• Where do people buy their printer supplies?
  • Beyond paper or plastic: which types of ink & toner are printer users buying? New or refilled?  Original or competitor?
  • To what extent have Dell and Lexmark penetrated the printer market? Which segments have they penetrated? What is Hewlett Packard’s share among Dell computer owners and Dell or Lexmark printer owners and has this changed?
  • Special printer paper? Who uses it and what for? Is it only photos, or something else?
  • Where are printer users buying their printer supplies? Are these the same channels as where they buy their printers?
  • How rich is the user’s printing experience? Do they use only one printer or more than one? For multi-printer users, which ones do they use? Who are the most-active printer users?
  • What is the breakdown of printer types and brands among workplace PCs users?  How does this compare to printers used in the home?
  • Do mobile PC users print differently than desktop users? Do the more-mobile use more or fewer printers? Do the more-mobile print different content?
  • How does Hewlett Packard’s market share differ among the different types of printers (inkjet, multifunction, laser, etc.)?
  • Who is printing coupons?
  • What are the major activities that people do with their printers?
  • What do users sync or “store” in the cloud? How do users share images – social networking sites or photo-specific sites? Which users are the most active?
  • What is the frequency of printer consumables purchase?
  • Who are the people who shop for technology products on the web, but purchase at a local retail outlet?
  • What are the leading PC brands among Hewlett Packard printer users?  How does this differ for the other major printer vendors?
  • Who are the people moving from inkjet printers to laser printers?  How about the other way around?  Are these new printers replacement printers, or additional printers?
  • What are the most common documents (maps, spreadsheets, photos, etc.) that consumers print on their inkjet printers?   How about their laser printers?
  • How does the life and lifespan of a PC vary by form factor? Does it vary by brand? By user segment? By tech spending behavior?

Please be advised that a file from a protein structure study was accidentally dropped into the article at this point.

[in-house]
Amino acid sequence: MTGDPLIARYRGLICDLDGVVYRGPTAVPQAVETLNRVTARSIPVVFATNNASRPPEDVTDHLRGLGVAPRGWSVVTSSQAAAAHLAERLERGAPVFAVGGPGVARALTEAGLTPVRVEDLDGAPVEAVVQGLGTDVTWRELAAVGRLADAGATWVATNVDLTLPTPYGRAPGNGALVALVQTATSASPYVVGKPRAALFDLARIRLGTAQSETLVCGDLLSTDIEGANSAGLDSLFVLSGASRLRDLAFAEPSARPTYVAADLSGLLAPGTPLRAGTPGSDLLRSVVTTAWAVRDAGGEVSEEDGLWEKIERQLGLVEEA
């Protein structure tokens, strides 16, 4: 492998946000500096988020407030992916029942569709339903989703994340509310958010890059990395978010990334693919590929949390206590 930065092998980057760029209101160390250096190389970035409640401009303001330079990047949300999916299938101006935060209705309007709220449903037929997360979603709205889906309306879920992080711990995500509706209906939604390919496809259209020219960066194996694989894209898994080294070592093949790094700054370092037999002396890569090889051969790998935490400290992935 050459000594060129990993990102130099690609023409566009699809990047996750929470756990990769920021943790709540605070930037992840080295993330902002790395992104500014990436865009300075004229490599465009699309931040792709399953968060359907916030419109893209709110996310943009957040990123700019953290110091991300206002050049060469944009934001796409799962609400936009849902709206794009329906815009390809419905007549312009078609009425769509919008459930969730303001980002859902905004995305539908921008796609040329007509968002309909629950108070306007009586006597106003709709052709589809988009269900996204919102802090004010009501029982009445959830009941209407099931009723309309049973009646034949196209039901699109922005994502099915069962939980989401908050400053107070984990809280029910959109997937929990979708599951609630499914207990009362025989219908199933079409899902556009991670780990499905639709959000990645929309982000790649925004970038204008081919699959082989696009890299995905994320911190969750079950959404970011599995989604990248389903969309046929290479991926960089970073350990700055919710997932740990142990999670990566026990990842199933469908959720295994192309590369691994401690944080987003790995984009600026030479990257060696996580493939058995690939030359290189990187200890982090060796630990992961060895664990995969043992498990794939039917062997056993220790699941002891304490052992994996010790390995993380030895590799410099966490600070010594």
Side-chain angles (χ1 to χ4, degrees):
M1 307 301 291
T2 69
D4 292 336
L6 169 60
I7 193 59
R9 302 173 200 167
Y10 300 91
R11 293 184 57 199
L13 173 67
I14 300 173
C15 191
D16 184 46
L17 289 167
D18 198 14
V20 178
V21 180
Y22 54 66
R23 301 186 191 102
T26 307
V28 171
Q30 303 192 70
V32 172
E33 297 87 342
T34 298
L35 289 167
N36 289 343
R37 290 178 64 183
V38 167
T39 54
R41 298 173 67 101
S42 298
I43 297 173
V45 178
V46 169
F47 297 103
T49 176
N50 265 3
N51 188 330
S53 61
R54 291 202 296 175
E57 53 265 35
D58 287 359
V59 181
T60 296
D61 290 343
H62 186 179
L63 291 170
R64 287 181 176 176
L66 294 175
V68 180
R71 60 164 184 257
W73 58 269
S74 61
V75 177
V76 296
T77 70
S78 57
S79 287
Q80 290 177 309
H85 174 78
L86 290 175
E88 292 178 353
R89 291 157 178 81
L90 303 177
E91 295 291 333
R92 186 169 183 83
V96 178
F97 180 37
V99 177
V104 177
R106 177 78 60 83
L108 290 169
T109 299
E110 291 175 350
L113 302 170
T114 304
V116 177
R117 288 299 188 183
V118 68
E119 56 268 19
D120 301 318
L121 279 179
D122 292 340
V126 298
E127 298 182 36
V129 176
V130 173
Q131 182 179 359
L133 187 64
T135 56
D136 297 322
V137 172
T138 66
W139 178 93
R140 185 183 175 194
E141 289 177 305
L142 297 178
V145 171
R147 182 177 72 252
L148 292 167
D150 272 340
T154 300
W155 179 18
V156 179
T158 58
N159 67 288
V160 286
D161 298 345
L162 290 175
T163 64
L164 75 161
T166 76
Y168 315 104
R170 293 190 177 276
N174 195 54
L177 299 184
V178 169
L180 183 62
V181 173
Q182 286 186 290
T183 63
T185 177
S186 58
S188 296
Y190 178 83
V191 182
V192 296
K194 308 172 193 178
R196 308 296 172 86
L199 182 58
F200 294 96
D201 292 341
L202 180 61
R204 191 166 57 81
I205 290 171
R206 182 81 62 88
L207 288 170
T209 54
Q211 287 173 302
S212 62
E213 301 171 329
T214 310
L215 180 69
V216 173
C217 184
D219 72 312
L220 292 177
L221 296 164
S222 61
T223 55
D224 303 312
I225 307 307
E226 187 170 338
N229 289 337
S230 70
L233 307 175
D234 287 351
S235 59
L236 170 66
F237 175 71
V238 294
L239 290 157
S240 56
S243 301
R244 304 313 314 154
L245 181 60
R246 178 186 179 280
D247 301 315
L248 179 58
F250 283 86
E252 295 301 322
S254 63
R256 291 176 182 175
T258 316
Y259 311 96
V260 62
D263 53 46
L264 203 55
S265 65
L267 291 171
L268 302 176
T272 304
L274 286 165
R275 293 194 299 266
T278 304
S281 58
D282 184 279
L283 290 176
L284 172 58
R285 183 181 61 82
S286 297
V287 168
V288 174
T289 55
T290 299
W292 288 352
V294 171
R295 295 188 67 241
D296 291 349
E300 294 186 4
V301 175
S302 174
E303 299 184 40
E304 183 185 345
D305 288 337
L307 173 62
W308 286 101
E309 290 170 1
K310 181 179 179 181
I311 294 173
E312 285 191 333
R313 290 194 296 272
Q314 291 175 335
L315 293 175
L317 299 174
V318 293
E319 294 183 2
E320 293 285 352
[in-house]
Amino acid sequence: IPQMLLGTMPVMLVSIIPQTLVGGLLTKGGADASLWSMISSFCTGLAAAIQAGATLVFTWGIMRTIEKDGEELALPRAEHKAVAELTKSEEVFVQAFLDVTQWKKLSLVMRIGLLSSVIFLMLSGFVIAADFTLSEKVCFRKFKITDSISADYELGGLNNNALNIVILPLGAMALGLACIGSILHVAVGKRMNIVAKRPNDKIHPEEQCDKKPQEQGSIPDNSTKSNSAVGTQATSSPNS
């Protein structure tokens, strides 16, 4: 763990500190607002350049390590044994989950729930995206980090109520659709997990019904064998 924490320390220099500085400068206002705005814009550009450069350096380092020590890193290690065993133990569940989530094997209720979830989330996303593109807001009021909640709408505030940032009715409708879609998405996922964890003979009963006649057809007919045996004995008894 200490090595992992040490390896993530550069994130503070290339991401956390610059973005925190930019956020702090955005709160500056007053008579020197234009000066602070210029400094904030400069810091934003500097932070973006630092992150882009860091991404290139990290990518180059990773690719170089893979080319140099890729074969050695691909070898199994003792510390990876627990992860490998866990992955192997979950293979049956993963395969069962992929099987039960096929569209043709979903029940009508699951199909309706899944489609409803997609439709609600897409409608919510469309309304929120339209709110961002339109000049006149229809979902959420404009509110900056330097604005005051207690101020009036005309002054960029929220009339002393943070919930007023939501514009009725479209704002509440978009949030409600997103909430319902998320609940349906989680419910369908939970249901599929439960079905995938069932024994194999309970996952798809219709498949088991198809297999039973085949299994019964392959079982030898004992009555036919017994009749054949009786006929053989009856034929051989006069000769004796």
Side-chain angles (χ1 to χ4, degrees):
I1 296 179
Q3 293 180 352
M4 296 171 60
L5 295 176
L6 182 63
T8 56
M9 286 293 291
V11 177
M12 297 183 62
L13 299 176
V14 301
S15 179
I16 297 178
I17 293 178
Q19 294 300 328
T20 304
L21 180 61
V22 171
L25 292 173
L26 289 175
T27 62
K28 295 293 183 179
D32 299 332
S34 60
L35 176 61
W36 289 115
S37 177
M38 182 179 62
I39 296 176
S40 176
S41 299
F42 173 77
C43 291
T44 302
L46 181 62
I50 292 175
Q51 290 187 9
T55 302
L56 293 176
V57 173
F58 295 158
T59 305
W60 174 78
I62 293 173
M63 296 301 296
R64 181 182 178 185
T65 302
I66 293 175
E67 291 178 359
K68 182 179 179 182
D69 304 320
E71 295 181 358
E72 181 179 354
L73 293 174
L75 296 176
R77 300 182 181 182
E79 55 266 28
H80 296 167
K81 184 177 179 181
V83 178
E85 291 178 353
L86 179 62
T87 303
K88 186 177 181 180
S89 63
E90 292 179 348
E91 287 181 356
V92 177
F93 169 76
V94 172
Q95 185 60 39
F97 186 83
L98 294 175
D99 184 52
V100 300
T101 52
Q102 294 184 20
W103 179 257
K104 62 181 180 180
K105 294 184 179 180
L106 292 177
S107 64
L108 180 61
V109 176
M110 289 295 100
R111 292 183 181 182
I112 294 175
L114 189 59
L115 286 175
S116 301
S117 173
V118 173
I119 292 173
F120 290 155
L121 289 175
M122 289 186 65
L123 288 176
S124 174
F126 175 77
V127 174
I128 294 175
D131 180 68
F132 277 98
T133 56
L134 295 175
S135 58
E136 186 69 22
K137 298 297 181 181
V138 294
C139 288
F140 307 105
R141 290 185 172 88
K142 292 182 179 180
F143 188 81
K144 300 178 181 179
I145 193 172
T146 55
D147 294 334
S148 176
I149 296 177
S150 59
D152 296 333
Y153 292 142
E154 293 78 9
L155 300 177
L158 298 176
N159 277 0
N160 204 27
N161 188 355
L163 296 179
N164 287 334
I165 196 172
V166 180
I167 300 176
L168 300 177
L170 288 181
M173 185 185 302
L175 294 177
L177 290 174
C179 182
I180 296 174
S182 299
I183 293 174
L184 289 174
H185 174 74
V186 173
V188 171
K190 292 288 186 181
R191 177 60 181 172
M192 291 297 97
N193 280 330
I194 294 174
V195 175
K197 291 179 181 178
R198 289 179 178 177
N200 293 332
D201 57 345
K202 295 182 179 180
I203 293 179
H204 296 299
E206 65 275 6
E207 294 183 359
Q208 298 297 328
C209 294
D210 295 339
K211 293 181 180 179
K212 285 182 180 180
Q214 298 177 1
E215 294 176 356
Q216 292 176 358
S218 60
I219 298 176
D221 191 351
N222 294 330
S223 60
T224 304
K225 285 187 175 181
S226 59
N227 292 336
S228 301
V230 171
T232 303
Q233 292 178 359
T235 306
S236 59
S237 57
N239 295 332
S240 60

• How is HP’s PC penetration within the overall HP footprint?
  • What channels do people use for buying PCs? How about printers and printer supplies? How do Best Buy customers compare to Office Depot of Staples shoppers?
  • What other items (printers, software, monitors/displays, extended service plan, etc.) do people typically buy with their PC purchase?
  • How prominent is printing images from mobile phones? How about from tablets?
  • How much have PC users integrated PCs into their personal lives?
  • Who’s busiest – desktop users or notebook users? How do their profiles differ?
  • Tech adoption cycles may not be as fast as the tech-focused think. How many and which users still use older tech products?
  • Which segments are keeping their files, calendars, or other information synchronized or backed up online?
  • Which tech buyers focus more on retail than shopping online and vice versa?
  • Who spends the most hours online?
  • Do PC users behave differently as they gain more experience? Are Newbies or Vets mostly focusing on certain activities versus a broad mixture?
  • Who are the biggest tech spenders? Which segments spend the most and least for devices? How does spending for tech services differ?
  • Is social networking only for certain age groups?
  • How does PC and online usage vary across segments such as workplace company size or industry?
  • Age-related market adoption – which products and services are age-skewed? Which are skewed toward older rather than younger users?
  • Which segments are utilizing cloud storage or sharing services? For which activities?

If solid answers to any of these questions would help your work in creating the future, please contact MetaFacts.

MetaFacts, Inc. helps technology marketers find and measure their best and future customers.

Current subscribers of Technology User Profile may obtain this information directly from MetaFacts, as well as additional customized drilling down into the full dataset.

For more information on the results delivered in TUP and about how to subscribe, please contact MetaFacts.

The above questions are answered with the TUP 2012 edition, and most are also answered in the TUP 2011 edition for ready trend comparison.

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Filed under Consumer research, Market Research, Market Segmentation, MetaFAQs, Statistics, Tech Market, Trends, TUP 2011, TUP 2012